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'It all started in my dad's shop'

Chris Schultz /The Janesville Gazette

(Published June 18, 2007, 3:25 p.m.)

Macklyn "Mac" Krohn, of Lake Geneva won't be with his son Steve on Father's Day, but he still hopes to see him.

If all goes well, Mac will get a glimpse of his son on TV during the broadcast of NASCAR's Citizens' Bank 400 at Michigan International Speedway in Brooklyn, Mich.

That's because Steve works the pits for Brian Vickers' No. 83 Team Red Bull Toyota.

It's a career that started at his father's service station near Lake Geneva, where he started pumping gas at age 9.

Steve, 45, says he hopes to meet with his dad this week Thursday, when the team will be at the Milwaukee Mile tuning one of its cars.

"I'll give him a jingle," Steve said in a recent telephone interview.

Get togethers between Steve and his dad have been rarer since Steve began working for NASCAR teams and moved to South Carolina in 1998.

Steve is a gas man, lugging 85-pound gas cans on a run in a job where every second counts. He is also a competition mechanic, responsible for rear suspension and drive train.

A career in racing is his dream job, Steve said. It's a passion he traces back to those early days in his dad's shop.

Steve's younger brother, Mike Krohn, now a mechanic at Butch's Auto Body in Lake Geneva, also started that way.

The brothers have two sisters, Sandra Krohn of Holmen and Kris Slawson of Lake Geneva. Their mother is Jeanette Krohn.

Steve said he learned to fix cars looking over his father's shoulder.

"It's just a matter of watching and learning," Steve said. "It sort of comes to you."

The brothers say their father was a laid-back boss.

Mac owned two service stations near Lake Geneva, one near the entrance of the old Playboy Club (now Grand Geneva) from 1969 to 1977, and another on old Highway 120, just northeast of Lake Geneva.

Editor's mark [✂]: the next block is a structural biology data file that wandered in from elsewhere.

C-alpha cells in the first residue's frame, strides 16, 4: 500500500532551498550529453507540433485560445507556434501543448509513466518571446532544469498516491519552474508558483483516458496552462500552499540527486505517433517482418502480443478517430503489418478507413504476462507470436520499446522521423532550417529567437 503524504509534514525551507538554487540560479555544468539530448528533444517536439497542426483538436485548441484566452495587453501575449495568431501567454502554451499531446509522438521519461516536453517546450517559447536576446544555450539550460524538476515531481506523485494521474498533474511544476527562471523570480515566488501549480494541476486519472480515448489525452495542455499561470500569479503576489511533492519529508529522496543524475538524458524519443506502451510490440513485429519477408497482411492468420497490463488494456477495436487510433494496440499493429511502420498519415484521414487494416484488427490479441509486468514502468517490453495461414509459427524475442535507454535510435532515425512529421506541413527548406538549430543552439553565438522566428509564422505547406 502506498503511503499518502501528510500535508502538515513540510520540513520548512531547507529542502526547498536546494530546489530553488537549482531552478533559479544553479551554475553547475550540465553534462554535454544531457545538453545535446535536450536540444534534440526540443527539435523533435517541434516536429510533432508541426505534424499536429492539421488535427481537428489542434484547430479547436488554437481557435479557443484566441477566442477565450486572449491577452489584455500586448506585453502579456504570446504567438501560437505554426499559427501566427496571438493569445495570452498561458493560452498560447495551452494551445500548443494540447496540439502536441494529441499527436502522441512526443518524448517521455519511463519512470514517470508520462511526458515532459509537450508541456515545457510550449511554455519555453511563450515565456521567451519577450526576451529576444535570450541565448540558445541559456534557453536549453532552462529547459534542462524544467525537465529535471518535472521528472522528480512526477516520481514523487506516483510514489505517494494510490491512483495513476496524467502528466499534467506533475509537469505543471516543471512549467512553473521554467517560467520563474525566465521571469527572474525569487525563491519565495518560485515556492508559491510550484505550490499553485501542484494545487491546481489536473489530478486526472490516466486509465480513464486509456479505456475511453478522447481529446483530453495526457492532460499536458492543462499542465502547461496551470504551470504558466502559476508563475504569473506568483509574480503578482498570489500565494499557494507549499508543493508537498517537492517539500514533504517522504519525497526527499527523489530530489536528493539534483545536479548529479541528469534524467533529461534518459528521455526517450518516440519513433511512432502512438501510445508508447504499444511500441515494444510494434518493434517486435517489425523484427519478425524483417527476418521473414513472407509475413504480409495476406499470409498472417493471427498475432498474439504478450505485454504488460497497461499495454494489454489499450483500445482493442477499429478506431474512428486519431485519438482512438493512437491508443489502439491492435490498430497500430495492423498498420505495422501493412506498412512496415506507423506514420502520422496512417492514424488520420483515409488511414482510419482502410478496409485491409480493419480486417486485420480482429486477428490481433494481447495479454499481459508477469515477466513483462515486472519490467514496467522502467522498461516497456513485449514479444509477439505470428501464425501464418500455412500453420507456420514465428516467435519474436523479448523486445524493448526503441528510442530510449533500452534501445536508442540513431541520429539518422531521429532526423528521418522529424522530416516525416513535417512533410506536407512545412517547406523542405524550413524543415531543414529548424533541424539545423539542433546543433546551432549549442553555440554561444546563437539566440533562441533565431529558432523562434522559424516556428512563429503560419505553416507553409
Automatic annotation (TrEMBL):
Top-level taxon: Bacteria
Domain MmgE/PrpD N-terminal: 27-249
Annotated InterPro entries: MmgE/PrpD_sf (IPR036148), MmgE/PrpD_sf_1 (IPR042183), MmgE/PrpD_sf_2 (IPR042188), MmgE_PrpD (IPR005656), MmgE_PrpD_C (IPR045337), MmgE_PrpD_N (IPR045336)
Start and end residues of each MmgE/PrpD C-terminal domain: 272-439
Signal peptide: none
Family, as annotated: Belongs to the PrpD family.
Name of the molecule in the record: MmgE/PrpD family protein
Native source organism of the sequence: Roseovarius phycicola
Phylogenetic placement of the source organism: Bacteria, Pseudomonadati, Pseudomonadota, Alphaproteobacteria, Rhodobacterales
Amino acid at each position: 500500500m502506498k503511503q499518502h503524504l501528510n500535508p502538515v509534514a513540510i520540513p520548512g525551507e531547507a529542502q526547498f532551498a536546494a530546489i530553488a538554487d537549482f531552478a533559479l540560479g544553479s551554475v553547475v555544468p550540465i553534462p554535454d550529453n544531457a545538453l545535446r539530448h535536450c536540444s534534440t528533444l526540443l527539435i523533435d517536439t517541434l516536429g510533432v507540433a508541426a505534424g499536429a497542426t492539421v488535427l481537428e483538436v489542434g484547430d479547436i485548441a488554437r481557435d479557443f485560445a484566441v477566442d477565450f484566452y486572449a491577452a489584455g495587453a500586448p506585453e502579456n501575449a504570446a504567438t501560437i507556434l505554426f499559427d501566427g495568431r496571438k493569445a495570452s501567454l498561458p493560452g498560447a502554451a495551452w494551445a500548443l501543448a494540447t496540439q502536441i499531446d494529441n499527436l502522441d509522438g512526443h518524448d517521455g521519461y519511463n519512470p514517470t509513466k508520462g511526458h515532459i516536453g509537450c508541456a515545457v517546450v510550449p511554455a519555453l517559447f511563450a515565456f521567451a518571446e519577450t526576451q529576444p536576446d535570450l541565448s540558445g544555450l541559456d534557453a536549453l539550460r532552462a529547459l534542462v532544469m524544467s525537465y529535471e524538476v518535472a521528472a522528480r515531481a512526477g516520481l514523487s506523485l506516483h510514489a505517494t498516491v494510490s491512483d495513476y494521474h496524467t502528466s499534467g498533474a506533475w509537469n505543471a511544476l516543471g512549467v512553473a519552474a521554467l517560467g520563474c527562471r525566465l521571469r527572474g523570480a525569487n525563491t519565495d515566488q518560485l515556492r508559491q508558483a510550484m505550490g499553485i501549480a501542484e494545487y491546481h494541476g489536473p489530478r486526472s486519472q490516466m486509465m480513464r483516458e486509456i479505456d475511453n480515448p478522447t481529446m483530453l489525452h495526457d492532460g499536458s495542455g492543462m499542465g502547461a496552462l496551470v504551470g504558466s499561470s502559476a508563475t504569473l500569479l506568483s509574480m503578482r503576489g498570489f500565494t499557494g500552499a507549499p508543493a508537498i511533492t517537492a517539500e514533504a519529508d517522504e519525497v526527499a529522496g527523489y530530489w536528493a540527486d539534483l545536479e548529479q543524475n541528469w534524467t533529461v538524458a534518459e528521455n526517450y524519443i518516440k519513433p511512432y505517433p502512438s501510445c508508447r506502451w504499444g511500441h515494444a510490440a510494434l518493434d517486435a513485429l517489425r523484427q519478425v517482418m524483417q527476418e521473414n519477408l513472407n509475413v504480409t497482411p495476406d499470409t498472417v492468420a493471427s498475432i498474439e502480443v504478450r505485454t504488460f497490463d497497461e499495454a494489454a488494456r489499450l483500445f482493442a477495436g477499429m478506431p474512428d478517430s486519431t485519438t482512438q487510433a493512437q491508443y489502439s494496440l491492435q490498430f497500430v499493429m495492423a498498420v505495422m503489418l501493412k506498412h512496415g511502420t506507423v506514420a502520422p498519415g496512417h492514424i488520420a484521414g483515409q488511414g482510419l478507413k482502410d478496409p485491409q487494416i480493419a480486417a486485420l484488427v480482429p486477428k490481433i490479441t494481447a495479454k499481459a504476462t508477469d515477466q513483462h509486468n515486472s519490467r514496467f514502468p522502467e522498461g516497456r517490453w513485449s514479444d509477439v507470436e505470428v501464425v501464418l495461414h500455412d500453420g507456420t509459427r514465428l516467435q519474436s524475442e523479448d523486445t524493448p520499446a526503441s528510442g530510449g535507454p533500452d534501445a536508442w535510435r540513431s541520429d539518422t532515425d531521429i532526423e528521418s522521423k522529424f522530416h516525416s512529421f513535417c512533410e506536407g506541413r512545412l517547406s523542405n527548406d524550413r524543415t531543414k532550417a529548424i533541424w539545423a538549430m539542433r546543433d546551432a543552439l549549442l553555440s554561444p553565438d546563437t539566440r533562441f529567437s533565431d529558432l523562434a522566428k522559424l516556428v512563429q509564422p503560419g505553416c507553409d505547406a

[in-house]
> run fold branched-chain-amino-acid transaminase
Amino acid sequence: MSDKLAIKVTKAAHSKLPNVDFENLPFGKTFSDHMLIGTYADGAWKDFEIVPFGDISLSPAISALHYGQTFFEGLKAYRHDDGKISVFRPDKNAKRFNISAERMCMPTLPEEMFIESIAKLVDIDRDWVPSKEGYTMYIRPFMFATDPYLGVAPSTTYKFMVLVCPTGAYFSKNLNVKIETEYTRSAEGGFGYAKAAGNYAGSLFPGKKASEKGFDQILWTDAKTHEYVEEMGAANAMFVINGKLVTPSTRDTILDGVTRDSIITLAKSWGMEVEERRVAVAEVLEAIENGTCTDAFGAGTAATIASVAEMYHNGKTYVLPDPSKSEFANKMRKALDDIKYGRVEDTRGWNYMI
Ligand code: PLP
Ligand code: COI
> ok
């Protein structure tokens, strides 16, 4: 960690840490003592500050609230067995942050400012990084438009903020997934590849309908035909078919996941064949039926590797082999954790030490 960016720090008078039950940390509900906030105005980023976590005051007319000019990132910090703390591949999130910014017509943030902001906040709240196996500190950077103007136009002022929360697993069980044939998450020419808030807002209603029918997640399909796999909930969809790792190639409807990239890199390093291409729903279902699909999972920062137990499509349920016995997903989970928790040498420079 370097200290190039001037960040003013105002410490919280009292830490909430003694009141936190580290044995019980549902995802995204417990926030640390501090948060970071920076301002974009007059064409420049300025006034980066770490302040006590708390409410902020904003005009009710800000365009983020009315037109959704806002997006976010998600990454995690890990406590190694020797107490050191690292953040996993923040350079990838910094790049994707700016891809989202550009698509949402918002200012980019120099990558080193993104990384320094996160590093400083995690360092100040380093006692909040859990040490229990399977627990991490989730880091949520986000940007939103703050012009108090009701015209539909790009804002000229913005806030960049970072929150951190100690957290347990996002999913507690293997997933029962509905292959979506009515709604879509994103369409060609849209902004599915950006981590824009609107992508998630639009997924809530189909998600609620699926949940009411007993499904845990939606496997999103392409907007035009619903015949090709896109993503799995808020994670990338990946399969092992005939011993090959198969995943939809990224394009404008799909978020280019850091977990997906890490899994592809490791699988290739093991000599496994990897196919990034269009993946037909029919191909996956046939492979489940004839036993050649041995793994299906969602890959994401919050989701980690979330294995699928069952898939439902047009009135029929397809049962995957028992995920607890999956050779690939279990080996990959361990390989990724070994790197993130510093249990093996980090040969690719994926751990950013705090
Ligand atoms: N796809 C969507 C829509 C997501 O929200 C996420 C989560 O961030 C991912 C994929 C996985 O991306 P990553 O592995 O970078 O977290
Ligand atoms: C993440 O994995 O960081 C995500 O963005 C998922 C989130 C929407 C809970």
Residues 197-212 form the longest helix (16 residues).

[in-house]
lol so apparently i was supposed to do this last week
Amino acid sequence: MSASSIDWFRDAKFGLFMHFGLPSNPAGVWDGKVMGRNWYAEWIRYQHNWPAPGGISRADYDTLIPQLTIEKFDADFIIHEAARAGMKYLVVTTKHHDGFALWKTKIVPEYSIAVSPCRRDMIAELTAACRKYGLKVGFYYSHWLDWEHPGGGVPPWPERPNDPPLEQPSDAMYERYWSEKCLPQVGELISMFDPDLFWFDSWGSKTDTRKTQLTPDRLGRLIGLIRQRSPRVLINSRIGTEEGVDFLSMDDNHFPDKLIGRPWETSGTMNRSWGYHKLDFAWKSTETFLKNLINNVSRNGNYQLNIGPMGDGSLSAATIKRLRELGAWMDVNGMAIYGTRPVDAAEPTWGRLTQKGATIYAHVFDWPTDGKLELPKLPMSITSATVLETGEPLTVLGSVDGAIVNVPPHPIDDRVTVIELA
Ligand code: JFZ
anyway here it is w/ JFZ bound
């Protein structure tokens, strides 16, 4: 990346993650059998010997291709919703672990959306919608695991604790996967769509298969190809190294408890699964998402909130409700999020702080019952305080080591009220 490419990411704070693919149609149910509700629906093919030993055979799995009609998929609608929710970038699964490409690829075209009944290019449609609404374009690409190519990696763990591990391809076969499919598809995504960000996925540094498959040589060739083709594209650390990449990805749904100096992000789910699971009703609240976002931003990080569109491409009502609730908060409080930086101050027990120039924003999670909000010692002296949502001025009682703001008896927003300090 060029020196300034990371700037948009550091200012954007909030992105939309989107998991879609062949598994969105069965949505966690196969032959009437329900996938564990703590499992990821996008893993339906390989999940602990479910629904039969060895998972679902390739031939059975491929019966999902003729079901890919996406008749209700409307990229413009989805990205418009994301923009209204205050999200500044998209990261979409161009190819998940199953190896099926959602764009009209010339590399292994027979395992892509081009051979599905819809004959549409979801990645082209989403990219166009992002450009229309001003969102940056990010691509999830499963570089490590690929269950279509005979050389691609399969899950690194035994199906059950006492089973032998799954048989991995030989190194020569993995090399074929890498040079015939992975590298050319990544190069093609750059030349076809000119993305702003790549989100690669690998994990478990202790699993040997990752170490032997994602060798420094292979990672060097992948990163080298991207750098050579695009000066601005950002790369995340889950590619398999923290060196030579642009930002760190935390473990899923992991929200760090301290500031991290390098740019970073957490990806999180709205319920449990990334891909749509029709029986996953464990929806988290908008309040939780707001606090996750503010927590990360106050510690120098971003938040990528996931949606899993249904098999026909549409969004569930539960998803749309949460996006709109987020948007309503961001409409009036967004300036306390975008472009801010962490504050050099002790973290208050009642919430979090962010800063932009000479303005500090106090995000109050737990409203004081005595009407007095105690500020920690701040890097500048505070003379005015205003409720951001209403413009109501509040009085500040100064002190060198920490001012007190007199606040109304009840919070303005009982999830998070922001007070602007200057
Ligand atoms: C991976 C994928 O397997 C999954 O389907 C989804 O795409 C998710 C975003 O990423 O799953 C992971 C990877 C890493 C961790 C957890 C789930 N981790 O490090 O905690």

Mac said fixing machinery and engines came easily to him.

"I was a farm boy out of Powers Lake," Mac said. "Every time something broke, I had to fix it."

Racing was also a part of Mac's life, and he passed that down to his sons, too.

Shortly after graduating from old Lake Geneva High School in 1958, Mac raced open-wheel modified dirt racers. He raced until 1962 and then hung it up for the sake of family.

Mac joked that his sons no sooner put down their baby bottles when they were racing around on go-karts and lawn mowers.

"Racing has always been in our blood," said Mac. "We'd always go to the Milwaukee Mile at least once a year."

A 1980 graduate of Badger High School, Steve raced at the old Lake Geneva Raceway from 1979 to 1982. He and Mike also drove demolition derby.

Now the connections between father and older son are few. NASCAR puts a tremendous demand on Steve's time.

"This Christmas he couldn't get home because they were testing the Toyotas, "the cars that Red Bull is now racing," Mac said.

On the other hand, Mac said he understands his older son's passion for cars and racing.

"He's accomplished what he wanted to do," Mac said.



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